Alan H. Bryce, MD, presented “Point-Counterpoint: Neoadjuvant Chemotherapy Prior to Cystectomy – Con” during the 29th Annual Perspectives in Urology: Point-Counterpoint, on November 18, 2021, in Coronado Island, San Diego, California.

How to cite: Bryce, Alan H. Point-Counterpoint: Neoadjuvant Chemotherapy Prior to Cystectomy – Con.” November 18, 2021. Accessed Jul 2024.

Point-Counterpoint: Neoadjuvant Chemotherapy Prior to Cystectomy – Con

Taking the con side in a point-counterpoint debate, Alan H. Bryce, MD, Medical Director of the Genomic Oncology Clinic at Mayo Clinic Arizona in Scottsdale, argues that offering neoadjuvant chemotherapy (NAC) to patients with invasive bladder cancer prior to radical cystectomy (RC) may not always be the appropriate decision. He begins by considering what the debate even is, explaining that the NCCN considers NAC followed by radical cystectomy a category 1 recommendation based on high level data. Meanwhile, Dr. Bryce notes, adjuvant chemotherapy is only considered a category 2A recommendation. However, he continues, the NCCN guidelines also mention that patients with “hearing loss or neuropathy, poor performance status, or renal insufficiency may not be eligible for cisplatin based therapy,” and if “cisplatin based therapy cannot be given, neoadjuvant therapy is not recommended.” Dr. Bryce also argues that while clinical trial data strongly favors NAC, real-world patient populations are different from trial populations. He cites a study based on real-world data which found that the patients in the SWOG trial of NAC were younger and fitter compared with national numbers, and which found the survival benefit with NAC to be slight in retrospective data. Additionally, Dr. Bryce observes that about 33 to 41% of patients are ineligible for cisplatin due to their baseline renal function status. He notes that those patients might benefit from adjuvant chemotherapy, but acknowledges there have been few randomized controlled trials in this setting. Dr. Bryce then highlights toxicity issues related to NAC, including increased creatinine, decreased neutrophil, peripheral sensory neuropathy, and tinnitus. He concludes that because real-world patients are older and have more comorbidities than trial populations, NAC perhaps should not be used as widely as guidelines indicate.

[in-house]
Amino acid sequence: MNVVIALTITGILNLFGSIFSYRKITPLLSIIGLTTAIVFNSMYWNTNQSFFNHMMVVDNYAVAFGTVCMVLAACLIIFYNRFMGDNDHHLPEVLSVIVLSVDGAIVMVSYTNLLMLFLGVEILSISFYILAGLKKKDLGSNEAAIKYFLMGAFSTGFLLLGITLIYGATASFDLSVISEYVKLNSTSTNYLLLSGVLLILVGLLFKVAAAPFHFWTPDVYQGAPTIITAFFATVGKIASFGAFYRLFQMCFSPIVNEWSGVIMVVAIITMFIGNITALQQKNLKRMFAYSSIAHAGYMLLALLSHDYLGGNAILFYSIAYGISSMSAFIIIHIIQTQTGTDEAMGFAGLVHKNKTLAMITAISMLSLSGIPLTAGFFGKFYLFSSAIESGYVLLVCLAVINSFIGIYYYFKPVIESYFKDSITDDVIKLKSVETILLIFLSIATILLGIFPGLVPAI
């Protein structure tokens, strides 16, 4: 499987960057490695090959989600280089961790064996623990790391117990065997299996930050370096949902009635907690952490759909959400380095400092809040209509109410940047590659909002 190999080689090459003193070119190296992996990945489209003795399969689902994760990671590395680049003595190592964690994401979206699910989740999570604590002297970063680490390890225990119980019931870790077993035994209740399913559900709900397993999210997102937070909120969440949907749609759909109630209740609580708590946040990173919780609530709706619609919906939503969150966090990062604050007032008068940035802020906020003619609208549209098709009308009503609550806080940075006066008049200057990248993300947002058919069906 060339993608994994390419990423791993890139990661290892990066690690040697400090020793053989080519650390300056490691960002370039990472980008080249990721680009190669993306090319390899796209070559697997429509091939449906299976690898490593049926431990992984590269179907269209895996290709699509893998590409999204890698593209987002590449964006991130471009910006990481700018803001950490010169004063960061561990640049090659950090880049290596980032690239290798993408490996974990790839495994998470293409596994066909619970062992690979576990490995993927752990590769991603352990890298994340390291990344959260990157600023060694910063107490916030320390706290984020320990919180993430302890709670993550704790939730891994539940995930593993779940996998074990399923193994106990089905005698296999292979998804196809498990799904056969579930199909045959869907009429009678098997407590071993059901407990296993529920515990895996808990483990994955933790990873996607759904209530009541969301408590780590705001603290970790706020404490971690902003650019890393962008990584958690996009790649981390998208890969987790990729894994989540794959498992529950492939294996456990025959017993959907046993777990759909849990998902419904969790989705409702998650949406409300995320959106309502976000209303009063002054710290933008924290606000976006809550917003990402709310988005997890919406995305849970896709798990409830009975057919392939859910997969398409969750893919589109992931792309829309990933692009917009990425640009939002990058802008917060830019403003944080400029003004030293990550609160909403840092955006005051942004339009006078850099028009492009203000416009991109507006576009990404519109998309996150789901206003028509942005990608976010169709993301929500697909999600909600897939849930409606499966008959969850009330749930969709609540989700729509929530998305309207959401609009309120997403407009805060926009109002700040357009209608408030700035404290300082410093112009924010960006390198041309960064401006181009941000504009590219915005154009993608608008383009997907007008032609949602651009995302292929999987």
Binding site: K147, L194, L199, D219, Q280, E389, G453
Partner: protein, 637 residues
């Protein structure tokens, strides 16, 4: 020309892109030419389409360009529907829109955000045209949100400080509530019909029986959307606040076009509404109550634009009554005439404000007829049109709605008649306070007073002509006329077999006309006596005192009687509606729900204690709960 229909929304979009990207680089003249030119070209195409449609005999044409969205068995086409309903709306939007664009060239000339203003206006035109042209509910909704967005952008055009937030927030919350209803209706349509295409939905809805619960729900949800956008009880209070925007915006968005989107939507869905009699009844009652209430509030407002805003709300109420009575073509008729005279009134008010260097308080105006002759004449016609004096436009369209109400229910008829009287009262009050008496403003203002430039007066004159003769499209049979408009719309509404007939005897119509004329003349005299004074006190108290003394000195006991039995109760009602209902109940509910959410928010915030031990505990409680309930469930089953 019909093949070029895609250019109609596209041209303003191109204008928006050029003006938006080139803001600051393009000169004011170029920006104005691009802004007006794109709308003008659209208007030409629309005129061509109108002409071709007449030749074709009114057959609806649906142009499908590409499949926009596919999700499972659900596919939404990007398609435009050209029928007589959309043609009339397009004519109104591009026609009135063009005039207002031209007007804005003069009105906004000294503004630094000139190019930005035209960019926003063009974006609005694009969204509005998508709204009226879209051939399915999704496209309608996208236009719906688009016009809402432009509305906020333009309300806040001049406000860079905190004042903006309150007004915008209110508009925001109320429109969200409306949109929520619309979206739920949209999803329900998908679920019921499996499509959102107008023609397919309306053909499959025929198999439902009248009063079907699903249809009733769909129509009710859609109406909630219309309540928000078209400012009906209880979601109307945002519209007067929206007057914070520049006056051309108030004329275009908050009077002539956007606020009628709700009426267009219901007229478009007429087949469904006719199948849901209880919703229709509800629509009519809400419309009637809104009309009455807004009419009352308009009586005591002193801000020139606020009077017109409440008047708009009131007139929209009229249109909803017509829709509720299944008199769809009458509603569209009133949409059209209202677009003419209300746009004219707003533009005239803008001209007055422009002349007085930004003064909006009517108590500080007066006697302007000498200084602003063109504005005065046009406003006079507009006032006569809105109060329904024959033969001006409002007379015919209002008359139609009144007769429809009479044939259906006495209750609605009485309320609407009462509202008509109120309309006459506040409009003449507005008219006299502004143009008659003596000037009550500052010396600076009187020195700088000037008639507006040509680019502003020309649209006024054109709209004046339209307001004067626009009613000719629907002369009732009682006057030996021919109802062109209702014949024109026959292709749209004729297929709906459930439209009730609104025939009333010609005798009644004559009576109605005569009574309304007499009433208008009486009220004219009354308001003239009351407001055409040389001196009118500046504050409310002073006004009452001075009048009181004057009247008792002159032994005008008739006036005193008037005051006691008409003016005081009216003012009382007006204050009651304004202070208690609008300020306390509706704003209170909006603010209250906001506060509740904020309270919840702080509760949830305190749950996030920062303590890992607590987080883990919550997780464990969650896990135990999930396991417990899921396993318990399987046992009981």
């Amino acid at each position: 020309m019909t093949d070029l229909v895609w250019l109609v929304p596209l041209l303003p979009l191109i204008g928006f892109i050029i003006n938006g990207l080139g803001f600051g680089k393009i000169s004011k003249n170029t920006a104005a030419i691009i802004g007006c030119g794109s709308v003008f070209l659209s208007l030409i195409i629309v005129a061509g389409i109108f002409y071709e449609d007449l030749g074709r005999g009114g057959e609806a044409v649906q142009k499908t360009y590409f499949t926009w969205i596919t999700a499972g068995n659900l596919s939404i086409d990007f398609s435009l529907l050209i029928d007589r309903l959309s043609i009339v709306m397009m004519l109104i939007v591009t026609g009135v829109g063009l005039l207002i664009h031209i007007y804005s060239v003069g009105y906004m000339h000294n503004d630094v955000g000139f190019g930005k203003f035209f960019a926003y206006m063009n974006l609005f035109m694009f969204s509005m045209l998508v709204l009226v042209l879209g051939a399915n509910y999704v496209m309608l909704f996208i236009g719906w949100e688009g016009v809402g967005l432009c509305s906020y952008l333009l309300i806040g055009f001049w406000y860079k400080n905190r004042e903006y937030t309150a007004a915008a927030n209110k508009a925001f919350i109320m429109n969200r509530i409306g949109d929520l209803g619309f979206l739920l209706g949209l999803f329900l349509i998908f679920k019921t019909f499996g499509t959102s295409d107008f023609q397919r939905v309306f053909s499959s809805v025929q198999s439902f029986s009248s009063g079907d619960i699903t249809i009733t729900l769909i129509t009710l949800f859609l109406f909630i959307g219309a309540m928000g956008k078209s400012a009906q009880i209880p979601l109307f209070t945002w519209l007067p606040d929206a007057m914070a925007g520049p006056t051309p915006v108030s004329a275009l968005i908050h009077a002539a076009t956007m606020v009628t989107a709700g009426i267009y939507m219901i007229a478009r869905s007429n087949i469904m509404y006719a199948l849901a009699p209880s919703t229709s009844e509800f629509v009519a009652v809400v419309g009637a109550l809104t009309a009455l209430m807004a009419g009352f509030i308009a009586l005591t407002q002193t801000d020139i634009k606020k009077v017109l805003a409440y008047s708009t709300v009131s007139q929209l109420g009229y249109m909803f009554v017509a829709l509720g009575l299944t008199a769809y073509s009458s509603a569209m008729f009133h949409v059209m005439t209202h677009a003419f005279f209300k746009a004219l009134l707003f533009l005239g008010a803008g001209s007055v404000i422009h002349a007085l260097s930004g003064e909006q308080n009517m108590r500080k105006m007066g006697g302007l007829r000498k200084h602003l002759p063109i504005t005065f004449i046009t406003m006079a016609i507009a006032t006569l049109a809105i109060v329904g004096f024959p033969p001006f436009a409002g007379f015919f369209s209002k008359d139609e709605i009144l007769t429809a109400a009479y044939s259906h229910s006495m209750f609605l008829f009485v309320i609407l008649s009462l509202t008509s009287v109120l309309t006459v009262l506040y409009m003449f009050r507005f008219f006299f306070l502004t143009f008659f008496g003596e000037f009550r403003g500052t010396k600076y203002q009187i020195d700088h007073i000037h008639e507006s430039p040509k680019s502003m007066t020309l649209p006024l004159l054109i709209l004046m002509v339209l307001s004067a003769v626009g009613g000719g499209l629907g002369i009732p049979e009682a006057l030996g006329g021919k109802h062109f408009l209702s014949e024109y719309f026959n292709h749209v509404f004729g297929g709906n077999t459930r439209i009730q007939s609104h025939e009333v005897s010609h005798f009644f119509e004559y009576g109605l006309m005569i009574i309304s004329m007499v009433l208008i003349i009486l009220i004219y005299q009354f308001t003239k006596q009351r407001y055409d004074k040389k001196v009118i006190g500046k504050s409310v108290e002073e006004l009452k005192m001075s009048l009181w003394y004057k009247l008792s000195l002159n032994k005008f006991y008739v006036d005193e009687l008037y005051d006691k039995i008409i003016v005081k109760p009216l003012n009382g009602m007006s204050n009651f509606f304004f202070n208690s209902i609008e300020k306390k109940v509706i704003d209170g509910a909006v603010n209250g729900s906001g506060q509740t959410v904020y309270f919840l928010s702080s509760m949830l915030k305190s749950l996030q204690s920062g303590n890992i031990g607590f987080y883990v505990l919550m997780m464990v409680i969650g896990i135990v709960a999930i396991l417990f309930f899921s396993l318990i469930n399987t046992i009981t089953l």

Watch Dr. Amirali Salmasi present the pro side of this debate here.

About the 29th Annual Perspectives in Urology: Point Counterpoint conference:
Presented by Program Chair and Grand Rounds in Urology Editor-in-Chief E. David Crawford, MD, this conference brought together leading experts in urology, medical oncology, and radiation oncology to discuss and debate the latest topics in genitourinary cancers, primarily prostate cancer and bladder cancer. This interactive conference offered topical lectures, pro/con debates, interesting-case presentations, interactive panel discussions, and interactive audience and faculty networking. 


Alan H. Bryce, MD, is a medical oncologist and chief clinical officer at City of Hope in Phoenix, Arizona. Dr. Bryce holds an appointment as a professor with the Department of Medical Oncology & Therapeutics Research, with City of Hope, as well as an appointment as a professor of Molecular Medicine at Translational Genomics Research Institute (TGen), which is also part of City of Hope.

Prior to joining City of Hope, Dr. Bryce spent 12 years at the Mayo Clinic in Phoenix, where he served as chair of the Division of Hematology and Medical Oncology, as well as Director of the Mayo Clinic Arizona Comprehensive Cancer Center. Dr. Bryce received his medical degree from the Chicago Medical School, and then completed an internal medicine residency and a hematology and oncology fellowship at the Mayo Clinic in Rochester, Minnesota. During his time at Mayo, Dr. Bryce served as an international co-principal investigator on multiple clinical trials for prostate cancer, with his research focused on cancer genetics, novel therapies and immunotherapeutic approaches.